Not all computing systems are suited to the same tasks. But which tasks match with which architectures?
As a masters student at Ohio State University, Saniyah Bokhari set out to answer that exact question for her masters thesis.
Bokhari compared the conventional central processing unit architecture of the IBM 1350 Glenn Cluster at the Ohio Supercomputer Center, the novel general-purpose graphic processing unit architecture (available on the same cluster), and the multithreaded architecture of a Cray Extreme Multithreading (XMT) supercomputer at the Pacific Northwest National Laboratory’s Center for Adaptive Supercomputing Software.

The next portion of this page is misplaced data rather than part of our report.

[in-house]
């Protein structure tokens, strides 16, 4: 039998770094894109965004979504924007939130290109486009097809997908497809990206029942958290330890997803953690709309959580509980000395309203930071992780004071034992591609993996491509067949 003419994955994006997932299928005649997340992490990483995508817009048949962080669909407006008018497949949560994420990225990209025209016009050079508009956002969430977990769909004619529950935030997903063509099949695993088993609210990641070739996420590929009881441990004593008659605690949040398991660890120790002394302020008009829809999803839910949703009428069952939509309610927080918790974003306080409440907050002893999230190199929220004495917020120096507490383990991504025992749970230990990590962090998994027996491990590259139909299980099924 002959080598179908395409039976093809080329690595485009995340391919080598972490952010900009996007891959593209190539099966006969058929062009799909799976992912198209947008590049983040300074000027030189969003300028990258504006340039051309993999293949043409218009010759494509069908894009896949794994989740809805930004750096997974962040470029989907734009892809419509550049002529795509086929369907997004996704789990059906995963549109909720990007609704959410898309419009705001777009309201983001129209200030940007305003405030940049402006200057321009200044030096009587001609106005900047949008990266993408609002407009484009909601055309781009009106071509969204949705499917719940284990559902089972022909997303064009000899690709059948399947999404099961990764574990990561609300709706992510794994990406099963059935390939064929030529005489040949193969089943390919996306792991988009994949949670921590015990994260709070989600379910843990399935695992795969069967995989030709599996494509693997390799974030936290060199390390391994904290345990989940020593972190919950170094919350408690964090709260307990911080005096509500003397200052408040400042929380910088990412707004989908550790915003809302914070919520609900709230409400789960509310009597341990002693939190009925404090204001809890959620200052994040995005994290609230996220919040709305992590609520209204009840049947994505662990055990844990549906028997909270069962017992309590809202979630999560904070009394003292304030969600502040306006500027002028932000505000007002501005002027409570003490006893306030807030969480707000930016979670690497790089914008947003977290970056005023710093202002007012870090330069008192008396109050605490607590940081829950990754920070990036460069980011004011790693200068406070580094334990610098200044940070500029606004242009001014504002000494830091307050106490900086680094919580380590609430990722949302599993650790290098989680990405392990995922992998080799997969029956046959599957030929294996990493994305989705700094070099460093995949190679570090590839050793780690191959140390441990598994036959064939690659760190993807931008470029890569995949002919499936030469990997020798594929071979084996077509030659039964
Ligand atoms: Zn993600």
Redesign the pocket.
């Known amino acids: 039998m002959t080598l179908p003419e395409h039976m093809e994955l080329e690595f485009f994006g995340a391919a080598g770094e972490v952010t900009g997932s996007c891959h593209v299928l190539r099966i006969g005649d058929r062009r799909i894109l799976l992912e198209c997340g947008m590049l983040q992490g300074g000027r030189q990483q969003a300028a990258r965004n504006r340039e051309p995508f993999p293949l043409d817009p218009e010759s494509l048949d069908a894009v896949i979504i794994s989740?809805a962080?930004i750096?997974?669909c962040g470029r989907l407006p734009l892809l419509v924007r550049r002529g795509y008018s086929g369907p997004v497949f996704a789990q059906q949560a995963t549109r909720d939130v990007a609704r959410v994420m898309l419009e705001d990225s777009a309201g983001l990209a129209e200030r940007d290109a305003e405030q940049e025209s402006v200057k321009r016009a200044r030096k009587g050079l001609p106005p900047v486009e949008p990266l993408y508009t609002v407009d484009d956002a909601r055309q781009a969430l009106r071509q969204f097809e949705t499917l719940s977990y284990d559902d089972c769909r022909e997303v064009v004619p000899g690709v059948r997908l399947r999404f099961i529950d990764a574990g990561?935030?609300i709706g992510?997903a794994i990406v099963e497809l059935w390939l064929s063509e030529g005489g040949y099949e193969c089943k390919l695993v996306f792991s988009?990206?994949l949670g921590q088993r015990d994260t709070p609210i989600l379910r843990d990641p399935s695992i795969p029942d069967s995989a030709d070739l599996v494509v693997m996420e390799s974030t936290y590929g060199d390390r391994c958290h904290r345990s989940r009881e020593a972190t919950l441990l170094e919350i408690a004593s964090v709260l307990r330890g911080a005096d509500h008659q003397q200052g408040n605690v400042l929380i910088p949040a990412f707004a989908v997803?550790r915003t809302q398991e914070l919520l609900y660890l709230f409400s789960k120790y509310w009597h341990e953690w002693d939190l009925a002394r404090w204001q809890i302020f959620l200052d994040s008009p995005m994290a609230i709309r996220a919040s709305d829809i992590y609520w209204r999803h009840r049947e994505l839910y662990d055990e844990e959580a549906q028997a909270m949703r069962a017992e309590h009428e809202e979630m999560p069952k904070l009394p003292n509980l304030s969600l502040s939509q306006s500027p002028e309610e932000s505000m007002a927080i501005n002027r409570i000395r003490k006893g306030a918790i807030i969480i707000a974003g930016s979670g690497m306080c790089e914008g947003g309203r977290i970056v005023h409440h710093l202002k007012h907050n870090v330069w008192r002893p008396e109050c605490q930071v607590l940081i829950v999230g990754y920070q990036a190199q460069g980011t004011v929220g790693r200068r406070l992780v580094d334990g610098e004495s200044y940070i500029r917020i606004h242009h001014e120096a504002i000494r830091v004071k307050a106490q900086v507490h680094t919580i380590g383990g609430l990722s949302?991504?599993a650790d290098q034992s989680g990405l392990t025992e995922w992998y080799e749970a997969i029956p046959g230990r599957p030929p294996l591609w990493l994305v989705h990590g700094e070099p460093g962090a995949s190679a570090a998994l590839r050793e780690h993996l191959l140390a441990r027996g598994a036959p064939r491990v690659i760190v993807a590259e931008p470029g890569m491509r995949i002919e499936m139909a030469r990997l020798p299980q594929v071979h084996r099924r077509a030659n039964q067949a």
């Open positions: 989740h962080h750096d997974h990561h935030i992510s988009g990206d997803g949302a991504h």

To test the systems, Bokhari ran a subset-sum problem: an algorithm with known solutions that is solvable over a period of time proportional to the number of items included in the computation multiplied by the sum of their sizes. She also carefully timed the code runs for a range of problem sizes.
According to the OSC website, Bokhari found that the NVIDIA GPGPUs she tested were best-suited to small problem sizes, the IBM x3755 performed well for medium sizes, and the Cray XMT was the clear choice for large problems.
Want to learn more? Check out the Ohio Supercomputer Center's release on Bokhari's research. Or, if you want all the technical details, you can find the version of Bokhari's paper that was recently published in the journal, Concurrency and Computation: "Parallel solution of the subset-sum problem: an empirical study."